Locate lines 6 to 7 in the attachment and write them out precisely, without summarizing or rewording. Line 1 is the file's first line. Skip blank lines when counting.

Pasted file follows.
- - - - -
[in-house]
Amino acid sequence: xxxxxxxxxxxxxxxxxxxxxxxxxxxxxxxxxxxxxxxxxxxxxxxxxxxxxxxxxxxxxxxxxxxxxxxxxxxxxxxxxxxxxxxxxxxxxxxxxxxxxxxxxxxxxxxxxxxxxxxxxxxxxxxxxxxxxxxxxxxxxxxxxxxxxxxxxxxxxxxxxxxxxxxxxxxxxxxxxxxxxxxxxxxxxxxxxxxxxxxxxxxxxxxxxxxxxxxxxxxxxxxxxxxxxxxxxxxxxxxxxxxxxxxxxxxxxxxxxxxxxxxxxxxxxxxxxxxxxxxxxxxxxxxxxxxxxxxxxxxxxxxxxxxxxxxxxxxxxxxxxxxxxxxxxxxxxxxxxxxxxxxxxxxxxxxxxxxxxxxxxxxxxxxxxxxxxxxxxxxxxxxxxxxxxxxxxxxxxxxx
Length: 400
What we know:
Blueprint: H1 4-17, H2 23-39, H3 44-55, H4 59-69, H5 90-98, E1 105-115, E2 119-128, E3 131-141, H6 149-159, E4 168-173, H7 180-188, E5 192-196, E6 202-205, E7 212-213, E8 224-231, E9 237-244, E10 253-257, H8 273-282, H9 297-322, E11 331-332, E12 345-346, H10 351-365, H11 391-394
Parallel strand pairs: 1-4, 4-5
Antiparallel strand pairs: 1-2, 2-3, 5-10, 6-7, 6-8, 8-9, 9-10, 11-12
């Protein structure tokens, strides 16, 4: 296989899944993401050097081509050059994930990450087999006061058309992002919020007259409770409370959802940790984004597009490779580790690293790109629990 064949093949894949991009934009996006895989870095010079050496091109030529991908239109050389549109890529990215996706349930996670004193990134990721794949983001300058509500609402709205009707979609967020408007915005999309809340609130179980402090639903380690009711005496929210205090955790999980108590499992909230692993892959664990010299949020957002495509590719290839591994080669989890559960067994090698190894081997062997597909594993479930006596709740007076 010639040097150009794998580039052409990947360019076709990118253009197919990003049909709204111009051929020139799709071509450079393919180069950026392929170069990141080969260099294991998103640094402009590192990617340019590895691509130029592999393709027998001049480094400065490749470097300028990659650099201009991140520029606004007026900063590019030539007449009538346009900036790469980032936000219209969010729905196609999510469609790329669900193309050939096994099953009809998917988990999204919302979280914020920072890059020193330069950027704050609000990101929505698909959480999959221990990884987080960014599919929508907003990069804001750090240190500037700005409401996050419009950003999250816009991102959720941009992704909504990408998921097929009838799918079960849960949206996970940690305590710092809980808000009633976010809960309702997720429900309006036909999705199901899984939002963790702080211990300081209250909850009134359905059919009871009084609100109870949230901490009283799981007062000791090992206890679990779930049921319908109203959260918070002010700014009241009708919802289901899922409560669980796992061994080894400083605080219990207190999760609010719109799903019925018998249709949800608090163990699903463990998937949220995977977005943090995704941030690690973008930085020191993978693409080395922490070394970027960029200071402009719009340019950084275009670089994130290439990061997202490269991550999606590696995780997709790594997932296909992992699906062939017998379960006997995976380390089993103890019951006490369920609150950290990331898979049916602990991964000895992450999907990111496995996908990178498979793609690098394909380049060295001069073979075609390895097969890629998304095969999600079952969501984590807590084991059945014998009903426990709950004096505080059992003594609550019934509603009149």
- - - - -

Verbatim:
Parallel strand pairs: 1-4, 4-5
Antiparallel strand pairs: 1-2, 2-3, 5-10, 6-7, 6-8, 8-9, 9-10, 11-12